6.9 C
Alba Iulia
Thursday, July 9, 2020

Uncertainty is the biggest headache for Maltese tour operators looking to look to the future

Must Read

Disney Research’s neural face swapping technique can provide high-resolution photorealistic video – TechCrunch

New document published by Disney Research in partnership with ETH Zurich describes a fully automated neural network-based method for...

Russia denies radiation incident despite striking measurements in Northern Europe

The registered particles, according to the international organization, are the result of a nuclear fission caused by humans. The...

The sale of AAP is finalized, which avoids the closure of an 85-year-old “ vital ” press wire

The future of the Australian Associated Press (AAP) newswire has been secured with the inking of a sale to...

The short-term and long-term lack of foresight over how the coronavirus scenario will unfold turns out to be the biggest headache for tour operators.

As the pandemic spreads around the world, the situation seems even more dire for the tourism industry, which has been among the industries most affected by the virus.

Britannia Tours managing director Noel Farrugia said tour operators have gone from a very good year in 2019 to zero sales in two months. “As soon as the pandemic began to make its way to Europe and neighboring countries, people simply stopped wanting to go abroad,” he said.

Farrugia said all outgoing tours in the next six months have been canceled. When asked when he expects tour operators to return to former customers, Farrugia said it was difficult to predict, as the situation would depend on a number of other factors.

“It is difficult to establish a timetable. All we know is that we still have a long way to go. It all depends on the vaccine and the restrictions, as well as the clients’ confidence in the choice to travel, ”he said.

Noel Farrugia said he expects the numbers to return to normal in 2022.

“Once the vaccine is out, I think people will be more than happy to go back to their old ways and start venturing out of the country,” he said.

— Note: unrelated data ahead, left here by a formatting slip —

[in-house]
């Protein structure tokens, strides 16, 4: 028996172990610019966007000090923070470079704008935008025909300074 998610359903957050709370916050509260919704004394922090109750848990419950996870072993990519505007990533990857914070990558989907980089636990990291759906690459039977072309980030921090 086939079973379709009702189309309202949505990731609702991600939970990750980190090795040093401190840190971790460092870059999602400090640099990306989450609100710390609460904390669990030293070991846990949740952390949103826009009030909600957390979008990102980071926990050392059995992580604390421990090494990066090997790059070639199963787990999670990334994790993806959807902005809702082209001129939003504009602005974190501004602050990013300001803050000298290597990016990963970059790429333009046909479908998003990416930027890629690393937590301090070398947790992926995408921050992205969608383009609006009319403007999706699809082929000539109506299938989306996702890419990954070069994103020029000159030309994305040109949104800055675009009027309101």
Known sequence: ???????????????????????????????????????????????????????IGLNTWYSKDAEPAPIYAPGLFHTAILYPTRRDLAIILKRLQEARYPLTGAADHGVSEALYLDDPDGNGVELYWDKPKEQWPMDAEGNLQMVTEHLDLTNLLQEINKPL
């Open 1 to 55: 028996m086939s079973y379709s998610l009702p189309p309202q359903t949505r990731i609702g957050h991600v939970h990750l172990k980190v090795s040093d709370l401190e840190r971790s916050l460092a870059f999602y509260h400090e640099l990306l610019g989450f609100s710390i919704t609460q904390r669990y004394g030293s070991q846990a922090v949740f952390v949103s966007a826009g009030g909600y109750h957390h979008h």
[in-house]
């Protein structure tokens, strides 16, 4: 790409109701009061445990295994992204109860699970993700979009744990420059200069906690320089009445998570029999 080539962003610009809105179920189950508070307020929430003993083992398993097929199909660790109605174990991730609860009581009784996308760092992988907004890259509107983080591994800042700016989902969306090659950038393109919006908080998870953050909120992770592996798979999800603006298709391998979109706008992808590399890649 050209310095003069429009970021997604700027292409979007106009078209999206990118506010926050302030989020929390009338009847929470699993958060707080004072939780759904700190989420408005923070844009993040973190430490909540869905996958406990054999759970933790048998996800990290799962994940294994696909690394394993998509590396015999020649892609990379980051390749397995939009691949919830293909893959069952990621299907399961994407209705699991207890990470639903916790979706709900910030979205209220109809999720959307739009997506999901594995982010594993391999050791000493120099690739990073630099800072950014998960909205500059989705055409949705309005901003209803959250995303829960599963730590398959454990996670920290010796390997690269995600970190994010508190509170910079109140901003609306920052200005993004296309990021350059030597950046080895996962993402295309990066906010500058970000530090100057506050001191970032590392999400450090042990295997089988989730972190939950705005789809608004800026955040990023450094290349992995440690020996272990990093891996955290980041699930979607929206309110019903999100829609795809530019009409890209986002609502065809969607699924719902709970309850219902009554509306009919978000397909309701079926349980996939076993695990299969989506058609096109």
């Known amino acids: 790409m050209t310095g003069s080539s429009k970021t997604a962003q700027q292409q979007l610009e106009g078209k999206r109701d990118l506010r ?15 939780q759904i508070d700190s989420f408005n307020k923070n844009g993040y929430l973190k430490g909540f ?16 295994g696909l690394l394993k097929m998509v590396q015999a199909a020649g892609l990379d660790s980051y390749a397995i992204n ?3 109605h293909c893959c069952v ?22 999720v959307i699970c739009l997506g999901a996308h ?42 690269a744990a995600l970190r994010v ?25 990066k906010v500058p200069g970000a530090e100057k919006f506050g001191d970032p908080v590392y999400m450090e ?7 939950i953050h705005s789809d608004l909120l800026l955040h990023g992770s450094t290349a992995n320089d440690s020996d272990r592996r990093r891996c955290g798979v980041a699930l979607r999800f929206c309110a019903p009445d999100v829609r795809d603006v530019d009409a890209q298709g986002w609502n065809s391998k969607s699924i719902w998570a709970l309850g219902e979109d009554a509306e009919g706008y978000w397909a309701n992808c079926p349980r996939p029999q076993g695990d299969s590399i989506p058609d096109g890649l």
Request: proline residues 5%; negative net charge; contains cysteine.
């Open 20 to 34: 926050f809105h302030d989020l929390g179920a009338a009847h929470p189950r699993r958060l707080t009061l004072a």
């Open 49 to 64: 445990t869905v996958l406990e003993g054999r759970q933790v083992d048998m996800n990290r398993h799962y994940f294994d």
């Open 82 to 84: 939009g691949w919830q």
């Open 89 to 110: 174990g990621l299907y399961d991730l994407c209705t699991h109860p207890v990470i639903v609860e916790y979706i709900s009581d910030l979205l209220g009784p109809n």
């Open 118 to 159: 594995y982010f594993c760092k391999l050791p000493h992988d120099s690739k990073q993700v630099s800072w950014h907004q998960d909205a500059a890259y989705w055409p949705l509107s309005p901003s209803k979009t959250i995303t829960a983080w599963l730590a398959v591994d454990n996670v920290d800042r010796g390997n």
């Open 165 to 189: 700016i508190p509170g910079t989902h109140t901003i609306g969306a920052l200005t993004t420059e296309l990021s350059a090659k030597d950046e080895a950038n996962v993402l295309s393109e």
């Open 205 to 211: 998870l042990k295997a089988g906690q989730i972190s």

The president of the Federated Association of Travel and Tourism Agents (FATTA), Iain Tonna, told MaltaToday that the return of travel agencies to normalcy is based on the client’s will to choose to travel again.

“The industry was among the first to be carried out, and will be among the last to return to its former state,” he said.

Tonna said that even if a medical vaccine was found late in the summer, the problems would not end there. “If a vaccine is found around September as some reports suggest, it will be even more difficult to retrieve in winter,” he said.

Despite the uncertainty caused by the virus, travel agencies are taking advantage of the situation and are using downtime to disrupt the operation of their business.

Farrugia said Britannia Tours is conducting surveys to identify the needs of its customers. Better investment in online systems was also introduced by the company during the pandemic. “Over the next few months, we have to think differently. It is also a great way to reinvent the way we operate, ”he said.

Farrugia predicted a change in consumption patterns, echoing Iain Tonna’s view that, in the short term, there could be a change in customer demographics. “People who prefer to travel with operators will continue to prefer operators. Now, given the circumstances, people who preferred to travel alone could opt for the simplest and most reliable choice to go abroad with tour operators, “he said.

Nationalist MP and hotelier Robert Arrigo said that if the government succeeds, a return to normality for tour operators will not be possible until 2022. “If we don’t manage to have a long-term vision of how we will respond to medical and economic issues, we risk losing everything we have accomplished so far, ”said Arrigo.

He called on the government to step up support for tour operators, saying they have been among the hardest hit by the pandemic. “The fear of the unknown will make you step back, even close, and the government must assure operators that it is there to help them,” he said.

“The more you care about health, the more you have to help industries financially,” he said.

LEAVE A REPLY

Please enter your comment!
Please enter your name here

This site uses Akismet to reduce spam. Learn how your comment data is processed.

Latest News

Disney Research’s neural face swapping technique can provide high-resolution photorealistic video – TechCrunch

New document published by Disney Research in partnership with ETH Zurich describes a fully automated neural network-based method for...

Russia denies radiation incident despite striking measurements in Northern Europe

The registered particles, according to the international organization, are the result of a nuclear fission caused by humans. The Swedish and Finnish nuclear authorities...

The sale of AAP is finalized, which avoids the closure of an 85-year-old “ vital ” press wire

The future of the Australian Associated Press (AAP) newswire has been secured with the inking of a sale to new owners who say they...

25 confirmed cases of COVID-19 now linked to a nail salon in Kingston, Ontario.

Kingston, Ontario area health unit confirms three more COVID-19 cases related to a nail salon in the city of eastern Ontario, warning that all...

More Articles Like This